Americans just love a bargain. That is what has kept Wal-Mart (WMT) in business for decades and is in the process of driving Best Buy (BBY) rapidly in the direction of bankruptcy, as the quest for better online deals has left the latter struggling with the equally unpalatable options of seeing sales plunge or watching its margins evaporate.
One group of retailers that has benefited from this trend has also qualified as market darlings until this year. Dollar stores like Dollar General Corp. (DG), Dollar Tree (DLTR) and Family Dollar (FDO) have thrived as the U.S. unemployment rate remains high and the economic outlook uncertain, but in recent weeks have seen their share prices drop sharply, despite the rally in the S&P 500, as seen in a stock chart.
The question now is whether that decline is merited, or whether the biggest bargain these dollar stores have to offer might be their own shares. Let’s dig into Dollar General, which recently was added to the S&P 500, to evaluate the merits of the bearish arguments put forth by the likes of Jim Cramer.
Certainly, the retailer itself is either blind to the risks or believes that the apparent signs of a slowdown are likely to be short lived. Dollar General plans to open another 635 retail outlets this year, which will bring the total north of 11,000. Is the market becoming saturated? Possibly not, but there is a risk that flat incomes and new taxes, combined with increased competition, will continue to take a toll on the company’s ability to tempt customers into all those stores, much less persuade them to spend on anything but the low-margin basics. Also, when chains expand rapidly -- hello Starbucks (SBUX) – they often end up grabbing less-than-great locations, and they strain management resources, which can lead to sloppiness and poor sales.
So far, at least, Dollar General’s margins show few signs of major problems, even if they are no longer climbing as they did two or three years ago. But it’s not what has happened – and thus can be seen on a chart – that has investors worried, but what might happen. For instance, the rate of same-store sales growth is already slowing. For the company’s third quarter, ended November 2, they climbed 4%, down from 6% in the year-earlier period. But even as Dollar General reported that operating profit hit a third quarter record and its earnings per share jumped 24% for the period, the company’s managers cautioned that margins might end up being squeezed as the company has to cut prices in order to keep sales growth intact. Adding cigarettes to the list of goods for sale won’t help margins either: the ticket price to consumers may be high, and they may serve as a way of coaxing shoppers into Dollar General rather than some other discounter or drug store, but margins are narrow.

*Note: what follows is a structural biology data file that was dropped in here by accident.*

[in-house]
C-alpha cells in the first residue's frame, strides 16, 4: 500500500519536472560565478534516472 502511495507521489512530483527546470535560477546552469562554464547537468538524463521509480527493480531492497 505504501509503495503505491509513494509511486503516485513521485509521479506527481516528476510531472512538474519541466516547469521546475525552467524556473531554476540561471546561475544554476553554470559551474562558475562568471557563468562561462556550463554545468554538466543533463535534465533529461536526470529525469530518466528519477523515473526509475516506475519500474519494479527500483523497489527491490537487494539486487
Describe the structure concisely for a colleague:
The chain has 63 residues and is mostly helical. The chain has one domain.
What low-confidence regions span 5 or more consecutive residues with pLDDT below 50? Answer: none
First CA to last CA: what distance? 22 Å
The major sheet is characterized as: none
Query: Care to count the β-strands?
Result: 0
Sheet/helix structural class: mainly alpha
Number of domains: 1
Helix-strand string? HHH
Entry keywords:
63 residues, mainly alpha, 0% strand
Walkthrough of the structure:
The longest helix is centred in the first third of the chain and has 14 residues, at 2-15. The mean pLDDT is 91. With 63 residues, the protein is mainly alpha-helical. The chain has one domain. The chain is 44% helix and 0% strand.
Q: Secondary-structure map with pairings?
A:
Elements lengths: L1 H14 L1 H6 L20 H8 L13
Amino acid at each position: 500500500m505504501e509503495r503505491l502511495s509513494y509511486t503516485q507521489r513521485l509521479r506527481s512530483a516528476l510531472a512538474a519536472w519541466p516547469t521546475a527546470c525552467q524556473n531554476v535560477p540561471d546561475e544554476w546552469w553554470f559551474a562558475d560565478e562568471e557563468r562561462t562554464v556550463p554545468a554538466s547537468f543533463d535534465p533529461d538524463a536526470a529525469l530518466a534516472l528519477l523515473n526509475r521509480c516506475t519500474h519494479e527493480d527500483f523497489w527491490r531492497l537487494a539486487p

To set against those worries about the future, Dollar General now offers a potentially alluring valuation.
The company’s PE ratio has fallen to only 16 times trailing earnings, and its PE/growth ratio is a remarkably low 0.47, haven fallen significantly over the last several months. In other words, the market is applying a hefty discount to the company’s growth.
It may boil down to just how fickle you believe cash-strapped consumers are, and how willing they will be to shift their loyalties based on a dime here or a nickel there in the price of a box of cereal or a gallon of milk. If the answer is “very”, then you’ll resist the temptation to get sucked into the stock of a company that could be caught up in a big price war. After all, Warren Buffett’s Berkshire Hathaway (BRK-B) has finally sold off a position in the company that he accumulated a year or two ago. On the flip side, some other savvy investors, like “Tiger cub” Steve Mandel of Lone Pine Capital and Ken Griffin of Citadel, are buying, and odds are they’re not doing so just because the company has been added to the S&P 500 index.
Suzanne McGee, a contributing editor at YCharts, spent nearly 14 years as a reporter at the Wall Street Journal, in Toronto, New York and London. She is also a columnist for The Fiscal Times, and author of "Chasing Goldman Sachs", named one of the best non-fiction books of 2010 by the Washington Post. She can be reached at firstname.lastname@example.org.
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